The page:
Millions of years ago, everything was bigger — and pigs were no exception. In fact, an entire family of massive pig-like species once existed called entelodonts. The largest member of this family, daeodon, was dubbed “terminator pig,” and it’s no surprise why.

The daeodon population was wiped out along with several other species during the Miocene epoch. Today, you can view an almost complete daeodon skeleton at the Agate Fossil Beds National Monument in Nebraska.


People tend to associate daeodon with true pigs (suids) and peccaries (tyassuids), but this is based on physical appearance. After all, they did have similar noses and two toes on each foot, as you see with today’s pig species. But after morphological + genetic studies, it was determined that the extinct creature is more closely related to hippos and whales.

Daeodon stood 5.8 feet tall at the shoulder — taller than some humans! Lengthwise (from snout to tip of tail), they stretched to about 12 feet. Their bodies were bulky and muscular, and it’s estimated that daeodon weighed an average of 1,650 lbs.

Heads were relatively large, with wide pointing cheekbones. Their snouts extended outward, forming a long and narrow shape. And on each side of the snout was a nostril which gave daeodon their directional sense of smell.

What’s most remarkable about the creature was its chompers. As an omnivore, it had a wide array of teeth. Each row of teeth contained 3 pairs of incisors, a pair of razor-sharp canines, 4 pairs of pointed premolars, and 3 pairs of flat molars. Not only this, but daeodon could open their mouths freakishly-wide — perfect for capturing large prey. Picture a yawning hippo!


Daeodon inhabited the Northern Hemisphere, particularly in North America. Most of the fossils we have today were unearthed in the Agate Fossil Beds. Although, remains have been found sparsely scattered between Oregon and Nebraska.

During the daeodon existence, the Agate Springs transitioned from a floodplain during its wet season to grasslands during the dry season. Daeodon likely ruled their habitats as the largest animal species around. They lived alongside creatures including merycoidodon (small camel species), chalicothere Moropus (distant relative of horses), and several coyote-related species.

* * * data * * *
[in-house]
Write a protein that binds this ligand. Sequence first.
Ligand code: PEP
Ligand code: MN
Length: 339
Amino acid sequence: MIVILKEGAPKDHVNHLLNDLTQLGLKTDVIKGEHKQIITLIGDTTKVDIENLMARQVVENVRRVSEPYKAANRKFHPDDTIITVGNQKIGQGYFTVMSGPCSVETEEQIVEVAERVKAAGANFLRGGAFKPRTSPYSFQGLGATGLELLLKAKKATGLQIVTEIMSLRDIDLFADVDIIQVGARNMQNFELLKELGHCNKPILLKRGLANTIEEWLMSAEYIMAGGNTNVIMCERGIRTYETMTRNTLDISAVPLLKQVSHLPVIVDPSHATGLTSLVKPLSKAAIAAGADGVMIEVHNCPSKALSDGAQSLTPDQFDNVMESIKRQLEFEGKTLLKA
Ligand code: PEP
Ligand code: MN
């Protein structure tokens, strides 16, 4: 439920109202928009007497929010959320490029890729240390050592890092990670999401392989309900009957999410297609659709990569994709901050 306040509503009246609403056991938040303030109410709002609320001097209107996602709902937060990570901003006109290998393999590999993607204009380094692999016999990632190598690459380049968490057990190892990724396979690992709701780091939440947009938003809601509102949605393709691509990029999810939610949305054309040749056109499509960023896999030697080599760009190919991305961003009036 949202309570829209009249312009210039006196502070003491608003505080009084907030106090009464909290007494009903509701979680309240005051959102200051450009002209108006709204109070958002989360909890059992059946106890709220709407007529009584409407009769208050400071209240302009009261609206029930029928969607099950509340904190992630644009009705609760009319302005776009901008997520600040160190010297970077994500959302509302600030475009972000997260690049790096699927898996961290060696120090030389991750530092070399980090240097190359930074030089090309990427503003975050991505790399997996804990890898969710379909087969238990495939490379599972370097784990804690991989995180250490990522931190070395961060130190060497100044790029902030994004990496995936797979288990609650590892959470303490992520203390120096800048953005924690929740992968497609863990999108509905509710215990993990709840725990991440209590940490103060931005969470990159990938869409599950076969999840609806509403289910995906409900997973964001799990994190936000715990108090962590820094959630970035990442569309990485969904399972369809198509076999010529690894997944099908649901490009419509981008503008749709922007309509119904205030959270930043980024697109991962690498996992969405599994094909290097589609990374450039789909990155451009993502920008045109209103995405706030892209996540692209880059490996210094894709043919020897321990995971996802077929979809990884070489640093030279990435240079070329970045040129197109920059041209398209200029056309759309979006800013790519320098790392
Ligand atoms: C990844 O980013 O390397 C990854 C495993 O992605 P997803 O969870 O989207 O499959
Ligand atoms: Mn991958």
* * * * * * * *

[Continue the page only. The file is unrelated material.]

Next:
With such an assortment of teeth, the daeodon’s diet was versatile. As an omnivore, its meals ranged between branches, roots, nuts, fruits, and meat. Molars ground down tough plant matter, while canines and incisors catered towards the carnivorous side of its diet.

Daeodon teeth (specifically canines) show similar patterns of wear to a cat’s. This suggests that the animal had no problem breaking through the flesh and bones of its prey. Evidence of this can also be observed in the puncture wounds left in merycoidodon skulls and necks. Scientists deduce that the animal was opportunistic, scavenging on the occasional carrion.


There are a few clues left on daeodon fossils that give us an idea of its behavior. For one, male snouts are covered in puncture marks — which means they were probably an aggressive and competitive species. Males likely fought each other for dominance and used their mandibles in defense.

We can also assume that this was a solitary creature, as daeodon bones are usually found few and far between.


Daeodon (along with the entire entelodont family) most likely went extinct during the middle Miocene. The environment in which daeodon fossils were found underwent a massive transformation during this period — with spells of severe drought.

Where there were thick forests are now sweeping prairies. Such an environmental shift would have presented daeodons (and other inhabitants) with a new set of survival challenges — which led to mass extinction. Daeodon and other entelodonts are estimated to have gone completely extinct around 16 million years ago.